The strategy of further administrative penetration as envisaged by the government is, in our opinion, only a lukewarm and hence ineffective attempt at depoliticization and political integration of the ordinary people. The government simply lacks the coercive means and the will to fabricate a total administrative society. As a result, the penetrative effort, though executed, does not go far enough to reach the grass-roots level. The proposed reforms in local administration, though enlarging the political arena so that more people can participate in the decision-making process, will only benefit the middle strata. The lower strata, without organizations and leaders of their own, will still be politically deprived. The introduction of adult franchise will not affect our prediction. With only limited functions, the Urban Councillors will not be able to satisfy the needs of the disadvantaged. The Urban Council election will still not be attractive enough to the ordinary folk. That an institution of election is no guarantee of political integration of the lower strata is a lessen well borne out in the history of many developing countries.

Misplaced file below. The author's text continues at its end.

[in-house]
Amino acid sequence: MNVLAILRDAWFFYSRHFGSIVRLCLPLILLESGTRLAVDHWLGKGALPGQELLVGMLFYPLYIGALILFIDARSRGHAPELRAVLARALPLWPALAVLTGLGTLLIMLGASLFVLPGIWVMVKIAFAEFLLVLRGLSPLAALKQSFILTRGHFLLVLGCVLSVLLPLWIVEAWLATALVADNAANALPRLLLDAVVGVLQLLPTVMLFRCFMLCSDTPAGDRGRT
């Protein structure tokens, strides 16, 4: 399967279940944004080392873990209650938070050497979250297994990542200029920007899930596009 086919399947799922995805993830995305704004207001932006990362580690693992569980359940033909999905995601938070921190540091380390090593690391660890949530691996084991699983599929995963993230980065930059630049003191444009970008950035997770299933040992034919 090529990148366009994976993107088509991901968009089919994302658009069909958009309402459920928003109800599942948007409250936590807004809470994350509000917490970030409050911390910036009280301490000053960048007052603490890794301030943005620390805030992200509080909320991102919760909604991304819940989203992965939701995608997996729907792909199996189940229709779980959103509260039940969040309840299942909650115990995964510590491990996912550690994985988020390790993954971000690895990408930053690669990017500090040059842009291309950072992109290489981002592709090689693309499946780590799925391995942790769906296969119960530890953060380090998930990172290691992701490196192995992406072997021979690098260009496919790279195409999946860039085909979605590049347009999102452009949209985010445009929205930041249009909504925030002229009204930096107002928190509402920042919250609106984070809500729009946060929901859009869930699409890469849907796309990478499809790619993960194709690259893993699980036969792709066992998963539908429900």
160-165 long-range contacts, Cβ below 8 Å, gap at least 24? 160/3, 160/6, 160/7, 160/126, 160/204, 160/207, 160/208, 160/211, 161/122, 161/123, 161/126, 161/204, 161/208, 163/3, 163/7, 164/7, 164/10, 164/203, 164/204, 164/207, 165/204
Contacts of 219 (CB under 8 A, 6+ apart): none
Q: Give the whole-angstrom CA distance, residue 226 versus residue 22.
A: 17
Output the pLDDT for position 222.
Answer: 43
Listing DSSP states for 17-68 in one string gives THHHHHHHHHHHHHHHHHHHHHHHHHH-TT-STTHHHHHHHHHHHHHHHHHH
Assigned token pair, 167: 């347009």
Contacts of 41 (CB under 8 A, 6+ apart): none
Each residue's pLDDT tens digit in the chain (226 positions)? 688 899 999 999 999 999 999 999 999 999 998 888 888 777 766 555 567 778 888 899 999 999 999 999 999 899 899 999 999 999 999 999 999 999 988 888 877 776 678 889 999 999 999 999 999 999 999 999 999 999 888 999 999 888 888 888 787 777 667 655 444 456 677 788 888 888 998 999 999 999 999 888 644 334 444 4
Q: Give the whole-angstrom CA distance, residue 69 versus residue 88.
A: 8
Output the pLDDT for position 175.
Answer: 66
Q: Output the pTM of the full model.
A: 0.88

Administrative penetration in Hong Kong, whilst not going far enough, does have the "negative" effect of bringing the government and the people closer to each other, thus further politicizing the latter. The presence of government representatives in the localities provides convenient targets for political demand-making. And the denial of discretionary power to local representative will very easily transform local issues into global political disputes.

The ambivalence of the government toward both intermediate organizations and administrative decentralization has created a very fluid political arena in Hong Kong. Notably, the governmentis straddling between a control and an integrative approach with respect to the ordinary people. Such conflicting goals and their corresponding policy formations are detrimental to political peace, at least in the short run, which might be real long.

If, as Ambrose King has argued, administrative absorption of politics has been successful in depoliticizing Hong Kong in the past, that "past" must have seen a viable social infrastructure which was capable of containing political demands. Events in the late decade and half have exposed the 1imitations of this strategy. Given the limited capability of the political and administrative system, administrative absorption of politics can only be achieved when social accommodation of politics has done its job, so that only a small amount of issues are allowed to trickle through into the administrative and political realm. With the gradual collapse of social accommodation of politics, changes in the political strategy of the Hong Kong government can no longer be procrastinated.
NoteIncludes bibliographical references